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2005 National Conference of Black Physics Students (NCBPS) Held in Chicago

By Leslie Upton, Hampton University, Hampton VA

Terrence McGee discusses his summer research at the conference's poster presentation.  

On February 3-6, 2005, over 150 faculty, students, and recruiters convened at Argonne National Laboratory and the University of Chicago for the 19th Annual National Conference of Black Physics Students (NCBPS).

The goal of each conference is to “encourage minority students in their pursuit of higher education degrees in physics by providing pertinent information and mentoring to achieve success.”

Just a few of the schools represented were: Alabama A&M, Berkley, Fisk University, Georgia Tech, Hampton University, Massachusetts Institute of Technology, Michigan State University, Stanford, Southern University, and the University of California.

This year’s NCBPS theme was “Engage in Physics at the Frontiers of Science.” Throughout the weekend participants were able to tour Argonne National Laboratory and the University of Chicago; talk with recruiters; attend seminars on the importance of the GRE, how to succeed in college, grad school, and in the workforce; and attend presentations on groundbreaking research, intriguing studies, and the latest technology.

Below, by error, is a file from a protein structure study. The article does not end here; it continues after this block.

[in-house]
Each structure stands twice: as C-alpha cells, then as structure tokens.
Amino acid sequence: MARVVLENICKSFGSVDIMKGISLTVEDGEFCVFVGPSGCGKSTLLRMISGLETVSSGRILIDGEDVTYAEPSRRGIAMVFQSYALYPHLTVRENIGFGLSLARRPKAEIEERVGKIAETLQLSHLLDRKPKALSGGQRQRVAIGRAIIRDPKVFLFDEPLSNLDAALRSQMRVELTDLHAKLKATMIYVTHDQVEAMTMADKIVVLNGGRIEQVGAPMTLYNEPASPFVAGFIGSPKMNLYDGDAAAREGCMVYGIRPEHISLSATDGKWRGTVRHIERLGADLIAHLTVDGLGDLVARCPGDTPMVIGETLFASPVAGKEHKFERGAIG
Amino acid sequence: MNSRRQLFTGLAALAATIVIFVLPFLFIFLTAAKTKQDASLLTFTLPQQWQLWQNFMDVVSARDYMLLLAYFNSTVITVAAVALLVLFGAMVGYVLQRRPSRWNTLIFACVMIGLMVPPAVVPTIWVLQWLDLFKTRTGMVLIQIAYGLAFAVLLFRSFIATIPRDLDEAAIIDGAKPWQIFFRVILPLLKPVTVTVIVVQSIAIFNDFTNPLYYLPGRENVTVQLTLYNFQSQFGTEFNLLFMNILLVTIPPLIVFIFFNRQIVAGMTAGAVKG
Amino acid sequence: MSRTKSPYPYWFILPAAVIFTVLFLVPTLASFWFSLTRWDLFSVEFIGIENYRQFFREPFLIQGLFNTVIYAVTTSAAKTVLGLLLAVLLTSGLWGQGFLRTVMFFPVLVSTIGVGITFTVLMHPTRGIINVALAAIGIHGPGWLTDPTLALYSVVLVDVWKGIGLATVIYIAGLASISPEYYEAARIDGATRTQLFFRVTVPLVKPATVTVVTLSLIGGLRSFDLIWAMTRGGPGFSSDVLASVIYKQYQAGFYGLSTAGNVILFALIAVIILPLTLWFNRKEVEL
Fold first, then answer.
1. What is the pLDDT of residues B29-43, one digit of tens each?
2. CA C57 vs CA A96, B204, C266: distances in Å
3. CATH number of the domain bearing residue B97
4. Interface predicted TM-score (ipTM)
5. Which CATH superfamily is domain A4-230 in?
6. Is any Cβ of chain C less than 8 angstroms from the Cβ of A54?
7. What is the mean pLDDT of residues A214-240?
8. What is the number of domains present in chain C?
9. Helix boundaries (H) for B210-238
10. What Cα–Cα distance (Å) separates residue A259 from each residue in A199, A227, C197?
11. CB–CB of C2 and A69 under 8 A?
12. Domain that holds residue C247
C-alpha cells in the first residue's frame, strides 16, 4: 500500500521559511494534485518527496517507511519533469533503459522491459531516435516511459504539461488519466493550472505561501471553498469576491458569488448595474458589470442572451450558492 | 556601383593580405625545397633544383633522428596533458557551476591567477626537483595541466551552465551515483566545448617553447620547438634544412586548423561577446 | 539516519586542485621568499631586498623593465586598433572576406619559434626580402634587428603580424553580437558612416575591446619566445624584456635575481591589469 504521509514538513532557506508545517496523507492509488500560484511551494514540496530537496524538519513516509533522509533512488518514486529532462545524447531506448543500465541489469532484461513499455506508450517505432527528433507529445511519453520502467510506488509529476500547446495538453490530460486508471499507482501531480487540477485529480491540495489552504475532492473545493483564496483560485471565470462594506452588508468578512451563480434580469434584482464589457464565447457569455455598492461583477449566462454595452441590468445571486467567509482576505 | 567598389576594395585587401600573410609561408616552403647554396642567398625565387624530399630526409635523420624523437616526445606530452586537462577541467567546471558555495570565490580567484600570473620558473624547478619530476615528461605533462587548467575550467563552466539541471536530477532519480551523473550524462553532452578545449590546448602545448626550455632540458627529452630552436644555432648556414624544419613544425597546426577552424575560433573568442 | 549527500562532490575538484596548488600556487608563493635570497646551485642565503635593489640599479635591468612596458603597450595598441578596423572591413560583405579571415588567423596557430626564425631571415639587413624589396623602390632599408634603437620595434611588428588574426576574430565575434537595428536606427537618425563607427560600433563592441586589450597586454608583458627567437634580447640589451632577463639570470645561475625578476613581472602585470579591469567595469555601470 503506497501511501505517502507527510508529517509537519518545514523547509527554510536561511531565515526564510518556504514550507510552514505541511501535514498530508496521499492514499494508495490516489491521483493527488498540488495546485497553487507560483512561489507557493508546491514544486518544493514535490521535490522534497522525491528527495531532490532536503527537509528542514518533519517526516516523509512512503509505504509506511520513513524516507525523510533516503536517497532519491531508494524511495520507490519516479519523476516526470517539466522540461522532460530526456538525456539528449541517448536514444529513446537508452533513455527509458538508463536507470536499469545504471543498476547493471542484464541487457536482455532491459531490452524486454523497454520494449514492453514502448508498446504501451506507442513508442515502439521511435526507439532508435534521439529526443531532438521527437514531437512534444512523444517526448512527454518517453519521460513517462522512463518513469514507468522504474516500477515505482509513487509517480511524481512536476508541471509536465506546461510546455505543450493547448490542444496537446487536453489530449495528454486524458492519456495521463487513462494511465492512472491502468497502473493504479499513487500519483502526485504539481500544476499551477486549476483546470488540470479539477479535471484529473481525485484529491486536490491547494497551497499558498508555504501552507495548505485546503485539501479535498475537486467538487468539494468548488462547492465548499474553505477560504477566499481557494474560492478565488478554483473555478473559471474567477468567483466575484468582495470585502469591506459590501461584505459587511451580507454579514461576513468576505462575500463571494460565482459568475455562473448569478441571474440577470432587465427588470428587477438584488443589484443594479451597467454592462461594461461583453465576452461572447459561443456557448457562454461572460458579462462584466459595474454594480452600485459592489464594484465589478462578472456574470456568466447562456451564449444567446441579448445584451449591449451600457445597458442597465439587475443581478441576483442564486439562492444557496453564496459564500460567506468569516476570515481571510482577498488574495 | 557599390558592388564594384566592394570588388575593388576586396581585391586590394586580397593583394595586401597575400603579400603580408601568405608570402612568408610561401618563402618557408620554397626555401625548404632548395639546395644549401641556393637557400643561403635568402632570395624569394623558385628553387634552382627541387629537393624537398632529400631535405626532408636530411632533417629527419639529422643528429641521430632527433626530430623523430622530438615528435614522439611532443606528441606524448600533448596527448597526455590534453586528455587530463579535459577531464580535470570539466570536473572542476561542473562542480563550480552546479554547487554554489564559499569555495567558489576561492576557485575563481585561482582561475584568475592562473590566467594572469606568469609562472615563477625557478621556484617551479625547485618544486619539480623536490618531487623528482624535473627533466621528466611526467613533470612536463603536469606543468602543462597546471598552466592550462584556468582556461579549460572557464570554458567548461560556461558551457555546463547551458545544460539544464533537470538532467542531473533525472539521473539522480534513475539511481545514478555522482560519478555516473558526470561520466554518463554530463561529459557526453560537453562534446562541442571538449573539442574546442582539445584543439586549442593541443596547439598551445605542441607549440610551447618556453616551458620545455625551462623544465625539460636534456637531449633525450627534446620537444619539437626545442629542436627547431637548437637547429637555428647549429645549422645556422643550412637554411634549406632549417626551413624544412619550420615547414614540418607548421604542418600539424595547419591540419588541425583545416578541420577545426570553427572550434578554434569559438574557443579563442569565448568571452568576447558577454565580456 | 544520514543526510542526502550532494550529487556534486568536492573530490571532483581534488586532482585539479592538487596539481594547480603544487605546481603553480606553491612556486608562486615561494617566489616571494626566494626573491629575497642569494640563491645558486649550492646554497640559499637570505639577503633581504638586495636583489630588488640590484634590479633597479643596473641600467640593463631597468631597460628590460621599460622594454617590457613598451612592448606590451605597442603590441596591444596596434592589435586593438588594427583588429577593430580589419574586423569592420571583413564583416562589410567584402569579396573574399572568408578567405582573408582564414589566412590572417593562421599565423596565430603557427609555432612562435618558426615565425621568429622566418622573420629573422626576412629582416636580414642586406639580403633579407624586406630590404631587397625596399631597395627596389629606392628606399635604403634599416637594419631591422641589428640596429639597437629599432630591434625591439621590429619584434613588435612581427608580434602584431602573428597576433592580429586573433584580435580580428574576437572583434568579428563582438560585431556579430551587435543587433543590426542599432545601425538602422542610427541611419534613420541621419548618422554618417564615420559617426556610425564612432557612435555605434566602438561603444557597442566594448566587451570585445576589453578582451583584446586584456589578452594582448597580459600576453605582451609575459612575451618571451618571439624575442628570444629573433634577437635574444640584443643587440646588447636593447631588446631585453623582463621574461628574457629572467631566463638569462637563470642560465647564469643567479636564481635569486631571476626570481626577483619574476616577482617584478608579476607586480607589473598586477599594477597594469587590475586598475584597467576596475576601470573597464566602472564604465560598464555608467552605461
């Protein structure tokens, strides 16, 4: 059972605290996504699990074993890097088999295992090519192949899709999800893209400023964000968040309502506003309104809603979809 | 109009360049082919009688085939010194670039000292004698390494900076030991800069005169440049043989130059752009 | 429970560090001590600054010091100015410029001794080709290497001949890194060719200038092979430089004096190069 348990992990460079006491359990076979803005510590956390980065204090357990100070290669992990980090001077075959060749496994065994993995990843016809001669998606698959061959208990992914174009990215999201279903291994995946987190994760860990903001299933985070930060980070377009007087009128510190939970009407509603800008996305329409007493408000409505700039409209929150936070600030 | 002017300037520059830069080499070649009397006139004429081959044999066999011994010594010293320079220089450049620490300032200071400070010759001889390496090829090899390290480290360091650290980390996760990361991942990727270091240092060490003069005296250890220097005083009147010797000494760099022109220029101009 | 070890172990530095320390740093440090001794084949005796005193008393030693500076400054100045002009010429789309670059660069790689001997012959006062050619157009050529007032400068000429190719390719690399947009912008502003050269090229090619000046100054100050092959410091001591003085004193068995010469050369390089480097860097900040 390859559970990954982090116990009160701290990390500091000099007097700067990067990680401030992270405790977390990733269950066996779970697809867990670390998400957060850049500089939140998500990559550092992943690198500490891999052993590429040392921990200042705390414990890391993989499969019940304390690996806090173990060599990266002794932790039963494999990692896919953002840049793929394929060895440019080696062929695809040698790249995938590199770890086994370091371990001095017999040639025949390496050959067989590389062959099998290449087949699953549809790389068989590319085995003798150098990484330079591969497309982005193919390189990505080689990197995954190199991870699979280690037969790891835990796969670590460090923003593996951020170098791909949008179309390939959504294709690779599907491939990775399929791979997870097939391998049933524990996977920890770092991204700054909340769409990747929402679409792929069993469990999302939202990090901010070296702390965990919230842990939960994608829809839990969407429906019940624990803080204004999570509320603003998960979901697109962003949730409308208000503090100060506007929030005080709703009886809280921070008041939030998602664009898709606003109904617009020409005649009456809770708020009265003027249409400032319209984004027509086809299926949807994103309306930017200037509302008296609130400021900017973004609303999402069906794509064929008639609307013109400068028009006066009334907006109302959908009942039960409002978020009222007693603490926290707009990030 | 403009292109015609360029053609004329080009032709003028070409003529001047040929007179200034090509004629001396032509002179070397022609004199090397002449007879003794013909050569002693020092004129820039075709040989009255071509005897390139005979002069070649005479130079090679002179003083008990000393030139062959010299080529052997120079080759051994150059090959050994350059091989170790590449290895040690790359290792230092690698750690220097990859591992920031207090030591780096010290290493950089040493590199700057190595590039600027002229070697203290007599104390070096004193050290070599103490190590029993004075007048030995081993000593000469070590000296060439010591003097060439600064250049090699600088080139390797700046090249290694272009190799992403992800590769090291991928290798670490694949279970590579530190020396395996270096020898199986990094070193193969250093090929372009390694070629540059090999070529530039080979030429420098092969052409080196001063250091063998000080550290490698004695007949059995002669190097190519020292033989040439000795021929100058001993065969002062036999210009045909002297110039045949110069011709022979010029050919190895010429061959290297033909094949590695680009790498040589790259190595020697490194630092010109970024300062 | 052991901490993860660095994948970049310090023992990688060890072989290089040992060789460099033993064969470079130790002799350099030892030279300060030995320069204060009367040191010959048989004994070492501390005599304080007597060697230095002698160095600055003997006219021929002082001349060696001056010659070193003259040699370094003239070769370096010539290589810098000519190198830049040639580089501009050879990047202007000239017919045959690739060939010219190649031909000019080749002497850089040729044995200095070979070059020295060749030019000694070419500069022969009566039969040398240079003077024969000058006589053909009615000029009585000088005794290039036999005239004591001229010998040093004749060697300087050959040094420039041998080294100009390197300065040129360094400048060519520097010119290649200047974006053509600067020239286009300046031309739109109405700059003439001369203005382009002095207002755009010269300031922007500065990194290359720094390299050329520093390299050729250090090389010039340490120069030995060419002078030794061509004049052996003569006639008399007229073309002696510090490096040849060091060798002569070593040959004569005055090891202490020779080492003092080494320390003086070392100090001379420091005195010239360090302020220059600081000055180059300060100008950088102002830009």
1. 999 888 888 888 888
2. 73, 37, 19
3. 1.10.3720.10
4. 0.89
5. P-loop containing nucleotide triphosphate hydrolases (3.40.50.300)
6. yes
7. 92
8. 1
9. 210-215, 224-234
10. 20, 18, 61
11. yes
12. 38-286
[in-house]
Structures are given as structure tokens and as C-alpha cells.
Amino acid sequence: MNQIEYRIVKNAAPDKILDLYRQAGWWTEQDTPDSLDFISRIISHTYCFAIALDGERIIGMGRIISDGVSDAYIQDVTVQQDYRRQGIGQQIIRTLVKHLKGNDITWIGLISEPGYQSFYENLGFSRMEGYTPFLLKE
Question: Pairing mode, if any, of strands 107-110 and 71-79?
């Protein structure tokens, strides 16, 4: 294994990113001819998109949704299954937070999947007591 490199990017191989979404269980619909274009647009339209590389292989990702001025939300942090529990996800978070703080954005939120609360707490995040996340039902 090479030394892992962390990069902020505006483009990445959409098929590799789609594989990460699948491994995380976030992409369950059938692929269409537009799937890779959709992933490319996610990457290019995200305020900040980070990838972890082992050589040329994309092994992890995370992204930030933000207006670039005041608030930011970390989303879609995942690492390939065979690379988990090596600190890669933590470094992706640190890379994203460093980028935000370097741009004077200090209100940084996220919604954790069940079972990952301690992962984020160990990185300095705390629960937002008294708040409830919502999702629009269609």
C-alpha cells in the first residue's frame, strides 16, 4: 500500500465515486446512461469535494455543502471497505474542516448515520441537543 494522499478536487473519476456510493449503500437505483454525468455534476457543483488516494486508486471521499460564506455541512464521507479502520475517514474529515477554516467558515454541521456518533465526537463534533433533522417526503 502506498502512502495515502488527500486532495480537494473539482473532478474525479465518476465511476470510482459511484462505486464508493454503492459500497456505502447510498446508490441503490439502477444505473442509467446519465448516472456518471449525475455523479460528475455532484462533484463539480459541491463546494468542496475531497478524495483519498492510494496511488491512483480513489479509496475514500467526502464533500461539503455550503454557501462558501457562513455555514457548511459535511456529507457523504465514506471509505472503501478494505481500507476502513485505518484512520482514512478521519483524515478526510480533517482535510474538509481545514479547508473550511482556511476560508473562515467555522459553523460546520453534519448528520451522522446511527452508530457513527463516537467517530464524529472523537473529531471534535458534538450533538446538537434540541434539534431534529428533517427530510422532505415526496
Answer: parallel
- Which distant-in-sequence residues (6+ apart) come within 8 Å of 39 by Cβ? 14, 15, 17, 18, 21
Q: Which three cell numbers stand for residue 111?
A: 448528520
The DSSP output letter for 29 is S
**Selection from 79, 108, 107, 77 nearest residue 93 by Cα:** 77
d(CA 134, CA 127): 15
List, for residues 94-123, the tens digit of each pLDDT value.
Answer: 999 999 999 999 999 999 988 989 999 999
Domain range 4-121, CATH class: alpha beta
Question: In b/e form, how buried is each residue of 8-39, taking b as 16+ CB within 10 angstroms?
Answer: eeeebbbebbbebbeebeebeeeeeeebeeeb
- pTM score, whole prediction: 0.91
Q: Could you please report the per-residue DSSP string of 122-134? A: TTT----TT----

Above, Hampton University students Sydney Paul, Peter Muhoro, Terrence McGee, Marion Greene, Clarissa Freeman, Marcus Wiggs, and Quanni Jenkins take a break at the University of Chicago during the NCBPS conference.  

There were a variety of technical presentations presented by students and scientists during the weekend. The topics ranged from nano technology, to string theory and from Physics of Everyday Phenomena, to DOE Nuclear Energy Initiatives.
“I really enjoyed the presentation on the Physics of Everyday Phenomena,” said Clarissa Freeman, a Hampton University freshman physics major, “Dr. Sidney Nagel explained the physics behind falling water droplets, the droplet splashes, and coffee stains.”

The weekend’s highlights included the Edward Bouchet Awards Banquet. The keynote speaker was Dr. Walter E. Massey, President of Morehouse College and former Director of the DOE and Argonne National Laboratory. His emphasis was on being prepared for given situations within your life.

“Many of the positions that I have held in the past were not positions I sought out,” said Massey, “I did not seek them out, they were presented to me. Sometimes you have to take positions that you may not necessarily want because they become great opportunities.”

Monique Calhoun and Clarissa Freeman listen intently to a panel discussion on how to get accepted into grad school.  

There were those, however, who saw room for improvement within the conference.

“I think the conference was great,” said Hampton University senior Peter Muhoro, “but there was a lack of African American representation amongst the guest speakers. Next year, I would like to see more African American physicists at this conference.”

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